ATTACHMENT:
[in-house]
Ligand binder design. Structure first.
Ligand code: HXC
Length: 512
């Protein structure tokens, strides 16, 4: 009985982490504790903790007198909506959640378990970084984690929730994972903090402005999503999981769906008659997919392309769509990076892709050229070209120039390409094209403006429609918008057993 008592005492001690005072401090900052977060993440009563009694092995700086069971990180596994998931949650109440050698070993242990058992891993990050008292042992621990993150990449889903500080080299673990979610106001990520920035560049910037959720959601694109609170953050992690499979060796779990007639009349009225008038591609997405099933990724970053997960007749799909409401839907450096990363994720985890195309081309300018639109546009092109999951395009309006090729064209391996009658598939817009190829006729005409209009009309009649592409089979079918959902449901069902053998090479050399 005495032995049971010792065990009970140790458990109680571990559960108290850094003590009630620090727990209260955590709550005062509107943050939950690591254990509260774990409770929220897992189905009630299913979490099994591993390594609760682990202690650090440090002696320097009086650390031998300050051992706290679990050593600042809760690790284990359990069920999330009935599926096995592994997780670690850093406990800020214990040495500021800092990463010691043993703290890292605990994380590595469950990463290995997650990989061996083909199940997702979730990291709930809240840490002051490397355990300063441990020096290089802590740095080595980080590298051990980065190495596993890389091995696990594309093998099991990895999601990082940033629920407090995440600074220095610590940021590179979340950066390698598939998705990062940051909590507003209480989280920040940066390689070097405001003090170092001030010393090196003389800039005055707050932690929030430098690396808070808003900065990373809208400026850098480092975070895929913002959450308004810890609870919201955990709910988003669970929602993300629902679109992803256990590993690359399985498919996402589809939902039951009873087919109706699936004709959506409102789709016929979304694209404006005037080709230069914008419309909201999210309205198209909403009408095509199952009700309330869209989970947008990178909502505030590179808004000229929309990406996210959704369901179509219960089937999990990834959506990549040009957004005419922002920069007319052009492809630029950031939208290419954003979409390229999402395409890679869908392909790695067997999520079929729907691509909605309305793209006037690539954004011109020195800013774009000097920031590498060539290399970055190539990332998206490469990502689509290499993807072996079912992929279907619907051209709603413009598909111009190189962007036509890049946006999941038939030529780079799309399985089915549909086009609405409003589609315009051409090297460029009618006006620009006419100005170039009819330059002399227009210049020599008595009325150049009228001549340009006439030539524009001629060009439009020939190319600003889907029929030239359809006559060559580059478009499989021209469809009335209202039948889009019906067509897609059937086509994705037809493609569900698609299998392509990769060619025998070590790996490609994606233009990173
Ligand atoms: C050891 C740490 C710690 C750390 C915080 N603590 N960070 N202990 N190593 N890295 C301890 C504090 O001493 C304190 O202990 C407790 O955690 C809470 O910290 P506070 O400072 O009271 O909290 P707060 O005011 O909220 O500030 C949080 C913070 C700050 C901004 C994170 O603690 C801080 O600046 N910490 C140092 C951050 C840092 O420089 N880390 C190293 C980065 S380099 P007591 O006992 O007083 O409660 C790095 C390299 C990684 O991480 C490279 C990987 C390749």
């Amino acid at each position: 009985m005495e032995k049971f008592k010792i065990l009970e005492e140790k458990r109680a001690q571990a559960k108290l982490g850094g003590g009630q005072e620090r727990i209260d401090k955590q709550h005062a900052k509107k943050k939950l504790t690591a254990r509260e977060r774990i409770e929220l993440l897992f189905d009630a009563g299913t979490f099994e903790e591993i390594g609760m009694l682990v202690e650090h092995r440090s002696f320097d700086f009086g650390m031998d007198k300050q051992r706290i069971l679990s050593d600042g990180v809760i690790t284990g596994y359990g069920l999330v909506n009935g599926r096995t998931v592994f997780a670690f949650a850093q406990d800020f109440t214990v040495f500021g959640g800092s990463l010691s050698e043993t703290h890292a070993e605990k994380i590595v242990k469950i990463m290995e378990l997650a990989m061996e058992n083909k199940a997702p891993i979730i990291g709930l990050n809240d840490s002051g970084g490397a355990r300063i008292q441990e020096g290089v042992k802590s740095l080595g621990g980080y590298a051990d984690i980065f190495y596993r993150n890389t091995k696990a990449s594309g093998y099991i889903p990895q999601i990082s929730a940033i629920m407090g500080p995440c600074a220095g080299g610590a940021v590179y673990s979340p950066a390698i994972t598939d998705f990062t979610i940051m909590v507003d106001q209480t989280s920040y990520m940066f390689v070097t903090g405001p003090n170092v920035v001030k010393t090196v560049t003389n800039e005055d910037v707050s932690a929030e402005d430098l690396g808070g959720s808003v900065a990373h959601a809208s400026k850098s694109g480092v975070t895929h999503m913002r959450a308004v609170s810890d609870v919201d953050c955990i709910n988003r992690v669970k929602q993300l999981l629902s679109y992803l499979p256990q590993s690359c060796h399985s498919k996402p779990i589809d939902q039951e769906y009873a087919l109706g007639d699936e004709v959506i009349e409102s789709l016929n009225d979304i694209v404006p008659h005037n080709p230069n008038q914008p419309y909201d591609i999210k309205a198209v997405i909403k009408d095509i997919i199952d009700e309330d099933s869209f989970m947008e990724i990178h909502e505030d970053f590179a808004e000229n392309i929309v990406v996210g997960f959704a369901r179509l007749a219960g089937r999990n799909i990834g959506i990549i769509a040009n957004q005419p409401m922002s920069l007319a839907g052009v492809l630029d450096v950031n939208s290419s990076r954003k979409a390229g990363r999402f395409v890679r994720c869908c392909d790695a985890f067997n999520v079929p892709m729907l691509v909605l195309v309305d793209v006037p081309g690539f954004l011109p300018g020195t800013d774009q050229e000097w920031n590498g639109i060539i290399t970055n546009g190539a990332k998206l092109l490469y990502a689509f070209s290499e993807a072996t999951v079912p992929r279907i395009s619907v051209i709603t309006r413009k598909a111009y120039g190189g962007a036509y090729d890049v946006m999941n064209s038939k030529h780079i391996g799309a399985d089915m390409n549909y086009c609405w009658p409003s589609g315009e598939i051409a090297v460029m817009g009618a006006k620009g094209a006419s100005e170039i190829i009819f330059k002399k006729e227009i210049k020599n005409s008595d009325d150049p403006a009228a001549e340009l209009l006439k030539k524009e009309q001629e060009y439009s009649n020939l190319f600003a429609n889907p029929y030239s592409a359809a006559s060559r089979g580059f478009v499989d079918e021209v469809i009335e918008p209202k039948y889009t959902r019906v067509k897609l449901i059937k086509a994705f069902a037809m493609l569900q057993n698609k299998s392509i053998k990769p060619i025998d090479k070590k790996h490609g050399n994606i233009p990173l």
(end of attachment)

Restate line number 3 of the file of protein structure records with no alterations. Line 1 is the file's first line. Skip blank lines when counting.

Ligand code: HXC